It’s official: the Sixers finally have a true two guard.
No more forcing Andre Iguodala to play out of position, no more acting like Willie Green is anything more than an average D-leaguer at best: with the second overall pick in the 2o1o NBA Draft, the Sixers selected Ohio State guard Evan Turner.
Turner is an incredible addition to the evolving Sixers’ roster. He’s coming off of a 2010 season where he averaged 20.4 points, 9.2 rebounds and 6.0 assists per game and won the John Wooden Award, the Naismith Award and the Associated Press National Player of the Year award. Needless to say, Turner most likely will not be traded tonight like the Sixers’ most recent second overall pick back in 1997: Keith Van Horn.
Turner has drawn many comparisons to Portland’s Brandon Roy and it’s easy to see why. Aside from his mid-range game, Turner can make plays both with and without the ball and does some of his best work while shaking defenders on his way to the basket. ESPN’s Jay Bilas focused on his dribbling skills while breaking Turner down after the pick.
“He’s really skilled, he can go off the dribble both ways, he’s got point guard skills in the body of a guy that’s 6–7,” he said. “He can pull up, he sees the floor very well and he’s got the ability to find seams [in the defense].”
Turner’s skill and the leadership abilities he’ll bring to the team is undeniable, but his tenacity is also a big part of why he was drafted. After breaking several vertebrae back in December, he missed just six games over four weeks when the doctors said he would be out closer to two months.
“It shows I’m relentless, I’m tough and I just love playing basketball,” he said on ESPN after being drafted. “I can’t stay away from the game for too long and I really wanted to help my team out and come back and win.”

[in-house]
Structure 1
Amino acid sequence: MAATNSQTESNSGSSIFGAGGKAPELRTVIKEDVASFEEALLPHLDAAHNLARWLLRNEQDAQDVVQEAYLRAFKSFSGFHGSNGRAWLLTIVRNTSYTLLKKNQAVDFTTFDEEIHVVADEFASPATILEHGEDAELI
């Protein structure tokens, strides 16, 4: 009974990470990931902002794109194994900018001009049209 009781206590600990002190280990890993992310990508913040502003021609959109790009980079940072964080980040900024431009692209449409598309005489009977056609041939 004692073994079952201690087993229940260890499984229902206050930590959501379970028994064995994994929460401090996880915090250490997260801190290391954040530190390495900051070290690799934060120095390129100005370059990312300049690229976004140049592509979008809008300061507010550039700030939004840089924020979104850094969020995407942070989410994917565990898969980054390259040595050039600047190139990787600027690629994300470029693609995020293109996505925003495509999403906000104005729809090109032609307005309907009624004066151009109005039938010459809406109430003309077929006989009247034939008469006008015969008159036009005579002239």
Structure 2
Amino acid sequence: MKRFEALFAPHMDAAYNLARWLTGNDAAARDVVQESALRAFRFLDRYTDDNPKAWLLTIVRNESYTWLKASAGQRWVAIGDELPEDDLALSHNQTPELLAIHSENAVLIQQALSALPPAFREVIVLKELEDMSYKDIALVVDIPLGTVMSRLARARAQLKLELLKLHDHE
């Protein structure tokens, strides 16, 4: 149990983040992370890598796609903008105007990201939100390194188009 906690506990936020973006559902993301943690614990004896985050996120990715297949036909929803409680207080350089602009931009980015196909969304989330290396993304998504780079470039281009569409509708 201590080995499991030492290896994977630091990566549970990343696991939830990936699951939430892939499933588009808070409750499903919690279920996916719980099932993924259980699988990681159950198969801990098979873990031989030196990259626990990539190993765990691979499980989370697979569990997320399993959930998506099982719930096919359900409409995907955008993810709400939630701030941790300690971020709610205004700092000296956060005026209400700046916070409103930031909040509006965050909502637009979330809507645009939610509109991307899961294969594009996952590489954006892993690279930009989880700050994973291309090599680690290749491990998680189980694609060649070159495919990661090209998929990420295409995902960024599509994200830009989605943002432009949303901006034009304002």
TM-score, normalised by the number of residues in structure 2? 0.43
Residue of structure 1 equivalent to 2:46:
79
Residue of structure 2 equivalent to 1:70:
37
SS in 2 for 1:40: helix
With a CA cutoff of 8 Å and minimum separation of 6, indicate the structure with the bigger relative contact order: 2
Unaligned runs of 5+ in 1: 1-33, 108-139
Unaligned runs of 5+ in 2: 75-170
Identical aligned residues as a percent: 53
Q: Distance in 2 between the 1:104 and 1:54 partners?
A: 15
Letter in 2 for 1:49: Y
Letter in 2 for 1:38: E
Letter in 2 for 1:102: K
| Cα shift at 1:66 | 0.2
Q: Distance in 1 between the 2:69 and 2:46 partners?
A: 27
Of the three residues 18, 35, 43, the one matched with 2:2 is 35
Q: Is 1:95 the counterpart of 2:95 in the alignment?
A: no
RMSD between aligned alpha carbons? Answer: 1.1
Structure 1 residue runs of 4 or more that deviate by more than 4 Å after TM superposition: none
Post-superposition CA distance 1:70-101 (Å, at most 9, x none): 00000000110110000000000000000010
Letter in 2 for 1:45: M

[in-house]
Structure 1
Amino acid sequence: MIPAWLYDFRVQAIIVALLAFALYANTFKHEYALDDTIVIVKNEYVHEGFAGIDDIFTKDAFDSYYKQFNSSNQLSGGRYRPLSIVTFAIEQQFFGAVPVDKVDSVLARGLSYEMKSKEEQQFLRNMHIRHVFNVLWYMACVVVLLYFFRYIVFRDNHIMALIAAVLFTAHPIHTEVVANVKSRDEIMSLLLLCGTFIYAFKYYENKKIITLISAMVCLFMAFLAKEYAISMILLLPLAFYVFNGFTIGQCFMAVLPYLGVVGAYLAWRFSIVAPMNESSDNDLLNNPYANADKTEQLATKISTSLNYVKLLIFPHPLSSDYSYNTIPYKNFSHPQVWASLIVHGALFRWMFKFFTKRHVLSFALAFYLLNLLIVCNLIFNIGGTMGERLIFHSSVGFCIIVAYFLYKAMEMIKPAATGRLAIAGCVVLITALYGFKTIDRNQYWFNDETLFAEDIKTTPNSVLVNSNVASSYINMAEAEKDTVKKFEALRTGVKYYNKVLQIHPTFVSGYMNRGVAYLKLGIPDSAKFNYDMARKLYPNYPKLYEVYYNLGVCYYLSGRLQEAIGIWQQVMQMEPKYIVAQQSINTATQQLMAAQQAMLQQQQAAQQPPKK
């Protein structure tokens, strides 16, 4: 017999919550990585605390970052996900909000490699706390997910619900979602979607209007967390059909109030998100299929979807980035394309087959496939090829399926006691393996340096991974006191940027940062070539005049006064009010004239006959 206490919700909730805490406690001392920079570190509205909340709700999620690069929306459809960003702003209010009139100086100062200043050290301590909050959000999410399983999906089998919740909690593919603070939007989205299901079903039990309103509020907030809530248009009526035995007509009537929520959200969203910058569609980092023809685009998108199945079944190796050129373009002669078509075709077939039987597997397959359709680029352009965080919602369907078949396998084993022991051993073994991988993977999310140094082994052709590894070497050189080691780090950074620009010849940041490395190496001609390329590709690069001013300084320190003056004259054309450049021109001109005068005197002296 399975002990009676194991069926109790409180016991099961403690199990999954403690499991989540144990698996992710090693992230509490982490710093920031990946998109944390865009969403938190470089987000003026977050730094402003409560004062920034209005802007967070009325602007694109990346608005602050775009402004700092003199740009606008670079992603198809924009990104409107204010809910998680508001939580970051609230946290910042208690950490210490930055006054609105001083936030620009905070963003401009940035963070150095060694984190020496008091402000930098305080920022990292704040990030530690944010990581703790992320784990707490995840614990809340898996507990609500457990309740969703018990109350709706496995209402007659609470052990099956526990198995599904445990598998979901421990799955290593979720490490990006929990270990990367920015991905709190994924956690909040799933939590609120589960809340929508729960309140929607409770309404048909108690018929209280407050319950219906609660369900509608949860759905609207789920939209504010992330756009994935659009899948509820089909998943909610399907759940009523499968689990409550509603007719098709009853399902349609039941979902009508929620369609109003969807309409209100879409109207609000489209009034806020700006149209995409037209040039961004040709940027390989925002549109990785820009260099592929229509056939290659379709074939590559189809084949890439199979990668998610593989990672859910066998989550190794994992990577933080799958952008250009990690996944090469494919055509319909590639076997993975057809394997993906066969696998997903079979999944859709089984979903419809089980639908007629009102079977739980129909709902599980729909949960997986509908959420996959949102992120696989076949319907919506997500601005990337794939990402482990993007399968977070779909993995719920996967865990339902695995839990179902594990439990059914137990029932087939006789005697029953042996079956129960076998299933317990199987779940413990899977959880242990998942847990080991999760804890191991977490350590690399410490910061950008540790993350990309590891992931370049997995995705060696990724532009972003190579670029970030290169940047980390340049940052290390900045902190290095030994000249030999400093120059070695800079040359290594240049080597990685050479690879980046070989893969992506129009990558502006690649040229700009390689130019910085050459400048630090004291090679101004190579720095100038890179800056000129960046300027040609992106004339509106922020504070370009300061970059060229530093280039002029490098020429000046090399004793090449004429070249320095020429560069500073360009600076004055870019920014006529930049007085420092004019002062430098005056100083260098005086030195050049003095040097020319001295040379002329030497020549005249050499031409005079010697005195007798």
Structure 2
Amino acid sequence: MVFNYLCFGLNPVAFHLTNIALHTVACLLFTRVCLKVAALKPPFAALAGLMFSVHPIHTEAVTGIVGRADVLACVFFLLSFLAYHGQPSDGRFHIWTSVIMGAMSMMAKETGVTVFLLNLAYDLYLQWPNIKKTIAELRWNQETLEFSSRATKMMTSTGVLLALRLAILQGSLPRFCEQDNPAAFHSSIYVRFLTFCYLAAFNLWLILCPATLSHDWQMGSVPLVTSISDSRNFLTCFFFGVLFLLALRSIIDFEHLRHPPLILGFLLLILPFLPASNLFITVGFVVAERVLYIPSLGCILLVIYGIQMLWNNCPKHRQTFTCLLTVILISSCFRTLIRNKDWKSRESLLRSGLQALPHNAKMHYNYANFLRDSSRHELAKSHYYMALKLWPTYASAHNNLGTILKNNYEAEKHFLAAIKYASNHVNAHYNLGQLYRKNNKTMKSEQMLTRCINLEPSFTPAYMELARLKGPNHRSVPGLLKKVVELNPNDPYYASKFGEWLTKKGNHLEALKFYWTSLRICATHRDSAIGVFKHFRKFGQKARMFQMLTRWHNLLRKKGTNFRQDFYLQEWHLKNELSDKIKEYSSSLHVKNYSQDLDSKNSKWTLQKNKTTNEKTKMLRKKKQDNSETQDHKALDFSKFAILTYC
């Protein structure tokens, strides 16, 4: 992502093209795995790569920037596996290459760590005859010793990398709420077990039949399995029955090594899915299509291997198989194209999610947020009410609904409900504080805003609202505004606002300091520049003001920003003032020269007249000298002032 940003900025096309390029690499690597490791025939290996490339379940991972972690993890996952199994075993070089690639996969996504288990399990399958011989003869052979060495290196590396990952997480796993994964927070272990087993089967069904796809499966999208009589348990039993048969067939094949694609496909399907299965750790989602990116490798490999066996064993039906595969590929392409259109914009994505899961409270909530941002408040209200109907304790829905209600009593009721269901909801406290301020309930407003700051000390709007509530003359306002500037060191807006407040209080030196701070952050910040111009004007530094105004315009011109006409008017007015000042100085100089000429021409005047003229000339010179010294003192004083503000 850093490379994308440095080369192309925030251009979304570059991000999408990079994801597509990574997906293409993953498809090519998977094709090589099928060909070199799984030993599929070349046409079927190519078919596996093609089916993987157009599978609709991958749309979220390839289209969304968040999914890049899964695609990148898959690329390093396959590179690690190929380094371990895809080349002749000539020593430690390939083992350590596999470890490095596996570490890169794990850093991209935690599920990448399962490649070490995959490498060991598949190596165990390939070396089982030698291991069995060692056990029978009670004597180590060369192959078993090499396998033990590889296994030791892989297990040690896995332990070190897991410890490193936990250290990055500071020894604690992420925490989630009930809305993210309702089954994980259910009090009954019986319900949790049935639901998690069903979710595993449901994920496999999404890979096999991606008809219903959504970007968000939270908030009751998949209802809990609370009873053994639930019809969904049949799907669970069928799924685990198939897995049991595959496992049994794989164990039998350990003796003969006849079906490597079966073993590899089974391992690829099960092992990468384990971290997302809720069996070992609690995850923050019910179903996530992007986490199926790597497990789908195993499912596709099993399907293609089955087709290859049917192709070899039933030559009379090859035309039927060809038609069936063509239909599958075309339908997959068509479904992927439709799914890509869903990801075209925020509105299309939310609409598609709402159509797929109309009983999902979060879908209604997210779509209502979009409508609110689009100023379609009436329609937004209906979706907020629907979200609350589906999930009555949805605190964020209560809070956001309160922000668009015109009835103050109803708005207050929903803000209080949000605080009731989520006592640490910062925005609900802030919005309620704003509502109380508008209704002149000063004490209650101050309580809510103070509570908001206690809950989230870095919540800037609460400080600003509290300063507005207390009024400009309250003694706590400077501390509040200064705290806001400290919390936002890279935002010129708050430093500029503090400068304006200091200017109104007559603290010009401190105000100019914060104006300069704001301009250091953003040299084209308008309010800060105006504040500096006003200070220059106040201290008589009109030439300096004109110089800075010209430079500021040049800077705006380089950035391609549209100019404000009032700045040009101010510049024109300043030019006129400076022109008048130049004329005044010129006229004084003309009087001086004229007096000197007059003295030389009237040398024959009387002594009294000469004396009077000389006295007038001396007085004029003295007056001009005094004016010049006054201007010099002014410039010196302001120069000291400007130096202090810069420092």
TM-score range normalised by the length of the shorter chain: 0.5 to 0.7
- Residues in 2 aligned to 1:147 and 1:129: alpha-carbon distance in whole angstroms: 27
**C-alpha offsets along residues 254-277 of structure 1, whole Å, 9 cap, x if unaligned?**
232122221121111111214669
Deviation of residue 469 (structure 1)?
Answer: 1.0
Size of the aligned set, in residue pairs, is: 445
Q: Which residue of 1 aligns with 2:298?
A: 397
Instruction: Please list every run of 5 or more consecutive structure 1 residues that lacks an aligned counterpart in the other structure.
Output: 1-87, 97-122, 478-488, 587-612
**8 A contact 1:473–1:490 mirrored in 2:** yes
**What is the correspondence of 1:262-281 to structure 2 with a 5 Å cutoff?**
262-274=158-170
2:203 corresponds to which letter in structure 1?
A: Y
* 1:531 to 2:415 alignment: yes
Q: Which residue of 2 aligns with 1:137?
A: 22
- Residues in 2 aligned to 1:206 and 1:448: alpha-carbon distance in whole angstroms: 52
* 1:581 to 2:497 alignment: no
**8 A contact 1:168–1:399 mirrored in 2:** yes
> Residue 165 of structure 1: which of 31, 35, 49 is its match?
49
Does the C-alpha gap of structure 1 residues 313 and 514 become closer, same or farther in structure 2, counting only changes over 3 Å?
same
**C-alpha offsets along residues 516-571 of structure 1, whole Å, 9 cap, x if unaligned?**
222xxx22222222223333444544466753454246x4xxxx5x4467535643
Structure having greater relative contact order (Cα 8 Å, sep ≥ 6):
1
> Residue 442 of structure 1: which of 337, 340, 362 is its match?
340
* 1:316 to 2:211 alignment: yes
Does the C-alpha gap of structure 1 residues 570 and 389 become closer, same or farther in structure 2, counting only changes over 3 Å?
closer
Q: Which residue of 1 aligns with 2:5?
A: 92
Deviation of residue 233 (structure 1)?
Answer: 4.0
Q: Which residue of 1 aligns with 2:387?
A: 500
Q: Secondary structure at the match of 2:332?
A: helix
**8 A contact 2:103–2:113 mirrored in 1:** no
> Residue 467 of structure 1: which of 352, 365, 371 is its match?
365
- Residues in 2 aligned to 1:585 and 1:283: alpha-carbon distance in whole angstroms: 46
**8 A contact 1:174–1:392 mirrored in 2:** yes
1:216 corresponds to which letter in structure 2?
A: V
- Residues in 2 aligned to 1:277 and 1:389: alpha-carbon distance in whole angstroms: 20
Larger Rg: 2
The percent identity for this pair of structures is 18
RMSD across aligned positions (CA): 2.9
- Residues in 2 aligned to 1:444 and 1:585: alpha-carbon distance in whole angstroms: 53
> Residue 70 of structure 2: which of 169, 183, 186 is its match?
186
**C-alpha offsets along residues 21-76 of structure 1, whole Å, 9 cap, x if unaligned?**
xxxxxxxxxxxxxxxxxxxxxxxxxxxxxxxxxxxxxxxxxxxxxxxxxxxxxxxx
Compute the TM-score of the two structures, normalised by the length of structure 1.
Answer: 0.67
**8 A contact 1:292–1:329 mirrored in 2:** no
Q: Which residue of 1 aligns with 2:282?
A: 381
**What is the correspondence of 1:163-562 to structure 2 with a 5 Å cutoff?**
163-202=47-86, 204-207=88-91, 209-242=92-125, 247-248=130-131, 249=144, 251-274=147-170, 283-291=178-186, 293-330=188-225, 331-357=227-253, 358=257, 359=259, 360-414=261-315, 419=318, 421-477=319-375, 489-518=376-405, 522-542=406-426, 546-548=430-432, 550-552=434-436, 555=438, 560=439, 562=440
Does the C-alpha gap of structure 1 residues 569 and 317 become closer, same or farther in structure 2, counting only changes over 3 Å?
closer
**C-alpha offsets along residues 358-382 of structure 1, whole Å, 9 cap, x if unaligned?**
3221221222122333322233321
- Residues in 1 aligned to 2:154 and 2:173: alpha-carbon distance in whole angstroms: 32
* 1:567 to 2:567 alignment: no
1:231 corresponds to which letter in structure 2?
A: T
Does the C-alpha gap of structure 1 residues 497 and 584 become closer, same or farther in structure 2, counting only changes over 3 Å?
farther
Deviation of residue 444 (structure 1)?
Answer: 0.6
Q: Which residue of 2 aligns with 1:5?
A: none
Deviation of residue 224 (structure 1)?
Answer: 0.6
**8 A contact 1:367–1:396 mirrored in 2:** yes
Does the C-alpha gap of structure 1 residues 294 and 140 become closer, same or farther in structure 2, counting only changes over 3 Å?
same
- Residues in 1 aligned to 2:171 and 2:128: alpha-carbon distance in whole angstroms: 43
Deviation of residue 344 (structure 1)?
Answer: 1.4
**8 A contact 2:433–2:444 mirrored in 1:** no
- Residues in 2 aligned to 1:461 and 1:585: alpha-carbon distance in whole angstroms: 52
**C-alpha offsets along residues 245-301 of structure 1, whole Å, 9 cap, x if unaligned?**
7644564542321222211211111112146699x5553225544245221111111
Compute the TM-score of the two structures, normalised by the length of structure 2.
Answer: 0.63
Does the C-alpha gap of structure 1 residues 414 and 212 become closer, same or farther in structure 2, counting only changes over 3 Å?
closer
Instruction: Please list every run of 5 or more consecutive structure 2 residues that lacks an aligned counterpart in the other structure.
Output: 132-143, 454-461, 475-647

76ers general manager Ed Stefanski was asked in a post-draft press conference about whether Turner was in their immediate plans and whether the Sixers would have been better suited taking a big man after the recent trade involving Samuel Dalembert.
“We think [Turner]’s ready right now. Probably spending that third year at Ohio State really helped him. You always can use bigs also, but with the trade bringing in Spencer Hawes and getting [Andres] Nocioni, we felt we were okay.”
The 2010 starting lineup could be quite young with Jrue Holiday at point alongside Turner at shooting guard, followed by Iguodala playing his natural small forward position. Thaddeus Young will play a bit undersized at the four but still has the ability to bang with the big boys, and right now Spencer Hawes seems best fit at the five. This, of course, could all change if Stefanski and crew attempt to sell us Elton Brand as a starting player once again.
Doug Collins, their new head coach, has always spoken highly about Turner, who has been the assumed pick of the Sixers since they moved up from the sixth spot to the second in the NBA Draft Lottery. In an interview a week before the draft, Collins spoke at length about Turner’s skills and wasn’t trying to hide the fact that the organization was leaning his way.
“First of all he’s very smart. He’s got a great [knowledge of the] history of the game. He was talking about a couple of all-star games – guys making plays at the end of games. The thing that I love about him is with all that, he’s a great competitor,” Collins said in a piece on the team’s website. “When you watch him on tape you see the really competitive side of him; you’ve got to be a great competitor to be a great player.”
Philadelphia’s basketball woes haven’t been solved just yet, as they still have a long way to go after finishing 27-55 last season. When asked by Stewart Scott what exactly the Sixers needed to improve on, Bilas gave a quick, blunt answer.